If you're banking on student loan forgiveness, we have some seriously bad news: Your chances of getting your loans forgiven through Public Service Loan Forgiveness (PSLF) are slim.
According to recent audit by Government Accountability Office (GAO), the U.S. Department of Education (DOE) has denied 99% of the PSLF applications that came in over the past year. Why all the denials? A mix of reasons, including:
- Borrowers who are not actually eligible for PSLF
- Borrowers who have not yet made 120 qualifying payments
- Borrowers who were on the wrong repayment plan, and
- Errors on applications.
What the report says
The news is shocking: in September 2018, the U.S. Education Department reported that of the 28,913 public service loan forgiveness applications submitted as of June 30, 2018, only 289 were accepted—and just 96 people got their loans forgiven.
We’ve written before about how difficult it is to qualify for PSLF. There are a lot of hoops to jump through, and the program is notoriously picky.
2017 was the first year where people could start to claim forgiveness and the process is still new; apparently there are some extremely large kinks still to be worked out, and the Department of Education chalks many of these rejections up to borrower error.
But if 99% of borrowers are being denied, doesn't it stand to reason that there might be something wrong with the program? We'll tackle that question in a minute.
First, let's dig into the DOE's explanations piece by piece.
The borrowers’ loans are ineligible
PSLF is only available for federal Direct loans. While most federal loans issued today are Direct, only 21% of federal loans were Direct in 2007 when the program started.
Many people applying for forgiveness under PSLF today may have had non-qualifying federal loans the whole time without realizing it.
So that's not frustrating at all ...
Some borrowers haven’t made 120 payments yet
While it might seem like a fixture of life today, the PSLF program was only established in 2007. The program is only a little over 10 years old.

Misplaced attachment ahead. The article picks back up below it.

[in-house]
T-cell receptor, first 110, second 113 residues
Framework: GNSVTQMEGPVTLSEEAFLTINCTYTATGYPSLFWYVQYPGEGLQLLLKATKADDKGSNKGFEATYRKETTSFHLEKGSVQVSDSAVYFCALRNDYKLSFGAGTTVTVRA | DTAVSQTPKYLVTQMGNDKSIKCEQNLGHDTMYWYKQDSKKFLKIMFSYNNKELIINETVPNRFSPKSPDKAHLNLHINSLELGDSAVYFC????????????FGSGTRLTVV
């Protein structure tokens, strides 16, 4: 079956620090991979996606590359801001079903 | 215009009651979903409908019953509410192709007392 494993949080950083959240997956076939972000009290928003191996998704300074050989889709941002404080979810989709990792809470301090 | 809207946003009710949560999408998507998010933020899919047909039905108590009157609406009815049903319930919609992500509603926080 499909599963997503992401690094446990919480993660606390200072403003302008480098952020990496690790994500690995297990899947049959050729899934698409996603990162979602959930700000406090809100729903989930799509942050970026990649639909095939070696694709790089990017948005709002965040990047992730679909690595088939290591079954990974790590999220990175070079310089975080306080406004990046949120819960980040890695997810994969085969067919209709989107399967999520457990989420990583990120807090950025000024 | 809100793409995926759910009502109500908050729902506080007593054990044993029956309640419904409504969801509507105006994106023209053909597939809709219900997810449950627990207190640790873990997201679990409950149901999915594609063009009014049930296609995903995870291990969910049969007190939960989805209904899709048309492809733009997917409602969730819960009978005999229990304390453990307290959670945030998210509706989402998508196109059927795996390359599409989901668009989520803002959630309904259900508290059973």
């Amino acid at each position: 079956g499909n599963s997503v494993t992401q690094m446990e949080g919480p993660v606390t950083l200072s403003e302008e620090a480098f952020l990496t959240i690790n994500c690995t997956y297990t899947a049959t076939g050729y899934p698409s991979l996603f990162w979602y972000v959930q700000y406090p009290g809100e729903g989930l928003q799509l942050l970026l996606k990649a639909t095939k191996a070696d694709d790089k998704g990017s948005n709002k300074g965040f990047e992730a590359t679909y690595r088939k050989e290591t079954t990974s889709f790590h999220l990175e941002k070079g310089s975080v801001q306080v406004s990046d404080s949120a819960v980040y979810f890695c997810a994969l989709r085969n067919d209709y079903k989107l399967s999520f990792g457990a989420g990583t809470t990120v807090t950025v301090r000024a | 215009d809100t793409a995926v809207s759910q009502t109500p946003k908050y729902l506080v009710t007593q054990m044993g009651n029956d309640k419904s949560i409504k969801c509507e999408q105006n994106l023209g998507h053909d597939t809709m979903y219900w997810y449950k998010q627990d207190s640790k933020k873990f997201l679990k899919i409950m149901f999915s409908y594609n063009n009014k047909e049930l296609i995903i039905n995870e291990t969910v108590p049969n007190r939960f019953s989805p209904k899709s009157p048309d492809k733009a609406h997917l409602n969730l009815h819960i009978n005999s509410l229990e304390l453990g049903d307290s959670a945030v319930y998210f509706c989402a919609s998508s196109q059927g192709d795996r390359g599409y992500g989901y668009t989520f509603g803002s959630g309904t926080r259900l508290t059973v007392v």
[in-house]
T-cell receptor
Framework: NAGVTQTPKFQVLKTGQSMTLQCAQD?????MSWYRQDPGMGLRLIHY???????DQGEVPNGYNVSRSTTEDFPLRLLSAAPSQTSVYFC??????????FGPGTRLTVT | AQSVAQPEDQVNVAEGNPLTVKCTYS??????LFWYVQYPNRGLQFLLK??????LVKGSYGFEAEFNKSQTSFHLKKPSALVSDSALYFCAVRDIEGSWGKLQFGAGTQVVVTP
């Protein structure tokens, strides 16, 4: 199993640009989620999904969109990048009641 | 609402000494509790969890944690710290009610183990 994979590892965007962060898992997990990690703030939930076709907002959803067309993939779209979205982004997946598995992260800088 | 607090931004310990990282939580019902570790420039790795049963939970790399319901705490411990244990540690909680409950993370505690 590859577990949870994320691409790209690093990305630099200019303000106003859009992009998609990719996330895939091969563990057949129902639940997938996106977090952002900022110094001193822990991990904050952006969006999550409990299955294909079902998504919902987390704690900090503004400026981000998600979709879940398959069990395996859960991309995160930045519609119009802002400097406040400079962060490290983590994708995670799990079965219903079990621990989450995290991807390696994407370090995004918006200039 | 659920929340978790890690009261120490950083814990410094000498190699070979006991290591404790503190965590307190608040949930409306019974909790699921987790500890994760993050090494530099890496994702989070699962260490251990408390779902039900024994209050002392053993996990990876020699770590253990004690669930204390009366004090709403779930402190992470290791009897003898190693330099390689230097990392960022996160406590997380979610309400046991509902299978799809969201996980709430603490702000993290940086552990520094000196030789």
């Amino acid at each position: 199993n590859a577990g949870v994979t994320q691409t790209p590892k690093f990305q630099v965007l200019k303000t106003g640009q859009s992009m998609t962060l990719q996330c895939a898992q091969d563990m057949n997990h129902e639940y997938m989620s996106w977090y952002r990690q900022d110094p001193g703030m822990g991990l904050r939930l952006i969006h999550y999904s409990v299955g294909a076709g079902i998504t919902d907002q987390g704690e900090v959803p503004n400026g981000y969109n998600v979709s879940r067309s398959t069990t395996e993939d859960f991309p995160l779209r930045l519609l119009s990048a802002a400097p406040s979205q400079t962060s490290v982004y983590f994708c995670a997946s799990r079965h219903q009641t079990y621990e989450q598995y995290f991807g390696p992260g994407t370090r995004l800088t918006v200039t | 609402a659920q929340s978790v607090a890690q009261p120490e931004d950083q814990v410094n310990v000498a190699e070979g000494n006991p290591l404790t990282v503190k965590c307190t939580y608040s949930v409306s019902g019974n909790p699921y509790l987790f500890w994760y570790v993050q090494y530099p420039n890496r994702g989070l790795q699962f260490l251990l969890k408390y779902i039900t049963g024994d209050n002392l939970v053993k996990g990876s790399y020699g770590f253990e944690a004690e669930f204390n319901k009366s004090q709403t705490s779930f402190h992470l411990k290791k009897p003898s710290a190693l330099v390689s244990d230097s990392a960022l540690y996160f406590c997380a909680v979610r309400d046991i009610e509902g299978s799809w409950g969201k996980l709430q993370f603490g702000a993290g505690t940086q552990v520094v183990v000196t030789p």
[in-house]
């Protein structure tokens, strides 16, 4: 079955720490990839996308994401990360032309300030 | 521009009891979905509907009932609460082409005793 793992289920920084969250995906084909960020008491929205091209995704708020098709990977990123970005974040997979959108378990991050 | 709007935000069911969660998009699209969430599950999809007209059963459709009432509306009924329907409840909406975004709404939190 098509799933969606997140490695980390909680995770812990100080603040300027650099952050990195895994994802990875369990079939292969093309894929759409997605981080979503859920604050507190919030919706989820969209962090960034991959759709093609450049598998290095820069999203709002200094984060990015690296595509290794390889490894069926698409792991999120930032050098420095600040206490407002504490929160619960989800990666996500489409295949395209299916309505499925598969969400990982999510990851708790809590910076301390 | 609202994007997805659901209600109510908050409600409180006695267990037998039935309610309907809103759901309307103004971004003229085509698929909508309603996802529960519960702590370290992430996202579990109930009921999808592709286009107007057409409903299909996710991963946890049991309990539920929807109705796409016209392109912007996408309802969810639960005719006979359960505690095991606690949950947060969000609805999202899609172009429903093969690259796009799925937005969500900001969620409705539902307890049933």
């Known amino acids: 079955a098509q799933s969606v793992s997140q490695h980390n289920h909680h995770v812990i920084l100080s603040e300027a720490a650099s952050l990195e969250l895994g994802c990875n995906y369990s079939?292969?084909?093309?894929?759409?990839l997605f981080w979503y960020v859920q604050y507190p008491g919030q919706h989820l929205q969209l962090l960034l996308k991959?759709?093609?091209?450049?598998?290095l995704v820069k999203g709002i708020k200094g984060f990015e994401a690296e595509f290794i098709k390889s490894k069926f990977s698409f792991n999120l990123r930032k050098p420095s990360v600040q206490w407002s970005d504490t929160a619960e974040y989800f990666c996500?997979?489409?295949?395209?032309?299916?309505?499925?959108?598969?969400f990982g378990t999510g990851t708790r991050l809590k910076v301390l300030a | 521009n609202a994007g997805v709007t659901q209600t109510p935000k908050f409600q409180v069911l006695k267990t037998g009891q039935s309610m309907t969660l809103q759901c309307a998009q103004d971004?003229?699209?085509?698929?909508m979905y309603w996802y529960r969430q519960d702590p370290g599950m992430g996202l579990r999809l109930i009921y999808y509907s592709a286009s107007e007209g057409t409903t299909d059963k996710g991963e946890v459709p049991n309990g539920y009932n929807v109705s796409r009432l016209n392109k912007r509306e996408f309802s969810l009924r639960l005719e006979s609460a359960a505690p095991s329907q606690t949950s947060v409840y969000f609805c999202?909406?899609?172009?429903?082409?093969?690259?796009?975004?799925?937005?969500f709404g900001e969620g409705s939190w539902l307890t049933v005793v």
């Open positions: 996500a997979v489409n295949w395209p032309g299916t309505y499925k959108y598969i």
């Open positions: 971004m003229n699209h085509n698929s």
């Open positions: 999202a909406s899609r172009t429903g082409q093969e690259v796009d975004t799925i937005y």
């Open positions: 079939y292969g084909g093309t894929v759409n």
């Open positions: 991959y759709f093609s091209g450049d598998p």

2017 was the first year when people could qualify for forgiveness, because it only kicks in after 120 qualifying payments—which takes about 10 years. And that’s only if your payments were uninterrupted.
Only the borrowers with a perfect payment record—who never skipped or were late on a payment, never went into forbearance, deferment or default, and never worked for a non-qualifying employer—are getting their loans forgiven now.
Note that your 120 payments don't need to be consecutive, but you do need to have 120 of them.
Some borrowers are on the wrong repayment plan
You have to be on one of the income-driven repayment plans to qualify for PSLF. Getting onto and continuing to qualify for these programs is a yearly project in itself.
Recently, Congress established a temporary $350 million fund allowing PSLF applicants who were rejected for this reason to get another chance at loan forgiveness.
Approximately 8,000 of the people who applied made errors on their applications, according to the DOE. The PSLF program is notoriously picky about this, and if you do make a mistake and want to correct it, you have to initial all your changes.
However, the Department of Education has issued an invitation for people in this category to resubmit their applications.
Borrowers aren't to blame
All the blame can’t be placed on borrowers’ shoulders, though. In fact, the New York Times puts it squarely on the program.
Yes, most of the applicants who were rejected didn’t qualify—and many seem to have filled out the application wrong. But the qualification requirements are so complicated and confusing that it’s easily possible for even the most engaged borrowers not to realize that they’re enrolled in the wrong repayment program, have the wrong type of loan, or don’t even work for a qualifying employer.
Many people have been documented saying they were told they qualified when they didn’t. According to the article, FedLoan Servicing—the program’s administrator—never received an instruction manual from the Department of Education on how the program works. Employees at FedLoan also complained about contradictory advice given by agency staff.
The article tells us that FedLoan Servicing and other loan servicers have also made grave errors in counting up how many qualifying payments borrowers have made—and counted on borrowers to spot the errors.
See also: How to Refinance Your FedLoan Student Loan.
FedLoan Servicing has already been sued by the Attorney General of Massachusetts over major errors in its handling of the program, and there are two more lawsuits in the works. In the meantime, if you’re applying for PSLF anytime soon, make sure your application is airtight. It will have to be.
Don't qualify for PSLF? See how much you could save by refinancing.